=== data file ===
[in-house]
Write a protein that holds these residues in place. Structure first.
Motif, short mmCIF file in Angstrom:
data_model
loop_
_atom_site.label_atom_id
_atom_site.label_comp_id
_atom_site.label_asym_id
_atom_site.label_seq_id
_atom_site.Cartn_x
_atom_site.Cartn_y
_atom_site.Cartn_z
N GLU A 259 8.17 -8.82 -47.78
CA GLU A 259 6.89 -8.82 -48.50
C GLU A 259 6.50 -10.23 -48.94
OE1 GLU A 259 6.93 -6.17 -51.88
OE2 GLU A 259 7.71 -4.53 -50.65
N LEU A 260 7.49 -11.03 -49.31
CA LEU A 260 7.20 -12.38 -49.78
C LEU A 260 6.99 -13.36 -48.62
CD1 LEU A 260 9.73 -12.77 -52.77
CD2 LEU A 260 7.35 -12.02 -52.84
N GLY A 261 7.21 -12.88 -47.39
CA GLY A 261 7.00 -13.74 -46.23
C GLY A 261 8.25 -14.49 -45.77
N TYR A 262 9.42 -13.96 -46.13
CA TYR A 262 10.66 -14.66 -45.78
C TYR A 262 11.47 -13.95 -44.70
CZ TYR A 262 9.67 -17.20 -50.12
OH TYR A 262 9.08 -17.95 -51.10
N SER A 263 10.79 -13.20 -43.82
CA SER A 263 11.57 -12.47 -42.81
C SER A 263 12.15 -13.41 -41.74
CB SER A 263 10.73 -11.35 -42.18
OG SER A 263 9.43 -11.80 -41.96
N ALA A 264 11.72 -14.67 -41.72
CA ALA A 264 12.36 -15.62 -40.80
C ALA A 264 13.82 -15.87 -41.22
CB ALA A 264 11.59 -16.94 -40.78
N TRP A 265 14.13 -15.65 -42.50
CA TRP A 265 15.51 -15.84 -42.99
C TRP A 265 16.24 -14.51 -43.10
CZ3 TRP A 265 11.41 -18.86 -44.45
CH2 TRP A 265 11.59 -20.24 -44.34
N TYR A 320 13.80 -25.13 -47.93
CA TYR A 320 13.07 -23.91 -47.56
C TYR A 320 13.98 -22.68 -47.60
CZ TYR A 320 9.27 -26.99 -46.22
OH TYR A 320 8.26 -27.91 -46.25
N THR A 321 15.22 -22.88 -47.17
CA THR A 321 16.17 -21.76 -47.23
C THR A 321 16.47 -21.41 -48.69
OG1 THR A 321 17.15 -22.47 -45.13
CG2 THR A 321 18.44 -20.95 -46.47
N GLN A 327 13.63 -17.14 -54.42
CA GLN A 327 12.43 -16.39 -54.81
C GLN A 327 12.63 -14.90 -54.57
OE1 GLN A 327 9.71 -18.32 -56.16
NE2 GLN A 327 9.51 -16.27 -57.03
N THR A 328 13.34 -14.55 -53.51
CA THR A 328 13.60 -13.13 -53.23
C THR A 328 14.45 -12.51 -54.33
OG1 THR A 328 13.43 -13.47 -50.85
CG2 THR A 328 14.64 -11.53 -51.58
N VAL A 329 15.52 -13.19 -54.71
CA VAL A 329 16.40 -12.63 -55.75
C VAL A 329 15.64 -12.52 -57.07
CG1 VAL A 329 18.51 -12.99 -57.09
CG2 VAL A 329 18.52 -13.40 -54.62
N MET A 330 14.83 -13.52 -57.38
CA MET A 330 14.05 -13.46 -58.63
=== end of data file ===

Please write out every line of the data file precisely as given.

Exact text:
[in-house]
Write a protein that holds these residues in place. Structure first.
Motif, short mmCIF file in Angstrom:
data_model
loop_
_atom_site.label_atom_id
_atom_site.label_comp_id
_atom_site.label_asym_id
_atom_site.label_seq_id
_atom_site.Cartn_x
_atom_site.Cartn_y
_atom_site.Cartn_z
N GLU A 259 8.17 -8.82 -47.78
CA GLU A 259 6.89 -8.82 -48.50
C GLU A 259 6.50 -10.23 -48.94
OE1 GLU A 259 6.93 -6.17 -51.88
OE2 GLU A 259 7.71 -4.53 -50.65
N LEU A 260 7.49 -11.03 -49.31
CA LEU A 260 7.20 -12.38 -49.78
C LEU A 260 6.99 -13.36 -48.62
CD1 LEU A 260 9.73 -12.77 -52.77
CD2 LEU A 260 7.35 -12.02 -52.84
N GLY A 261 7.21 -12.88 -47.39
CA GLY A 261 7.00 -13.74 -46.23
C GLY A 261 8.25 -14.49 -45.77
N TYR A 262 9.42 -13.96 -46.13
CA TYR A 262 10.66 -14.66 -45.78
C TYR A 262 11.47 -13.95 -44.70
CZ TYR A 262 9.67 -17.20 -50.12
OH TYR A 262 9.08 -17.95 -51.10
N SER A 263 10.79 -13.20 -43.82
CA SER A 263 11.57 -12.47 -42.81
C SER A 263 12.15 -13.41 -41.74
CB SER A 263 10.73 -11.35 -42.18
OG SER A 263 9.43 -11.80 -41.96
N ALA A 264 11.72 -14.67 -41.72
CA ALA A 264 12.36 -15.62 -40.80
C ALA A 264 13.82 -15.87 -41.22
CB ALA A 264 11.59 -16.94 -40.78
N TRP A 265 14.13 -15.65 -42.50
CA TRP A 265 15.51 -15.84 -42.99
C TRP A 265 16.24 -14.51 -43.10
CZ3 TRP A 265 11.41 -18.86 -44.45
CH2 TRP A 265 11.59 -20.24 -44.34
N TYR A 320 13.80 -25.13 -47.93
CA TYR A 320 13.07 -23.91 -47.56
C TYR A 320 13.98 -22.68 -47.60
CZ TYR A 320 9.27 -26.99 -46.22
OH TYR A 320 8.26 -27.91 -46.25
N THR A 321 15.22 -22.88 -47.17
CA THR A 321 16.17 -21.76 -47.23
C THR A 321 16.47 -21.41 -48.69
OG1 THR A 321 17.15 -22.47 -45.13
CG2 THR A 321 18.44 -20.95 -46.47
N GLN A 327 13.63 -17.14 -54.42
CA GLN A 327 12.43 -16.39 -54.81
C GLN A 327 12.63 -14.90 -54.57
OE1 GLN A 327 9.71 -18.32 -56.16
NE2 GLN A 327 9.51 -16.27 -57.03
N THR A 328 13.34 -14.55 -53.51
CA THR A 328 13.60 -13.13 -53.23
C THR A 328 14.45 -12.51 -54.33
OG1 THR A 328 13.43 -13.47 -50.85
CG2 THR A 328 14.64 -11.53 -51.58
N VAL A 329 15.52 -13.19 -54.71
CA VAL A 329 16.40 -12.63 -55.75
C VAL A 329 15.64 -12.52 -57.07
CG1 VAL A 329 18.51 -12.99 -57.09
CG2 VAL A 329 18.52 -13.40 -54.62
N MET A 330 14.83 -13.52 -57.38
CA MET A 330 14.05 -13.46 -58.63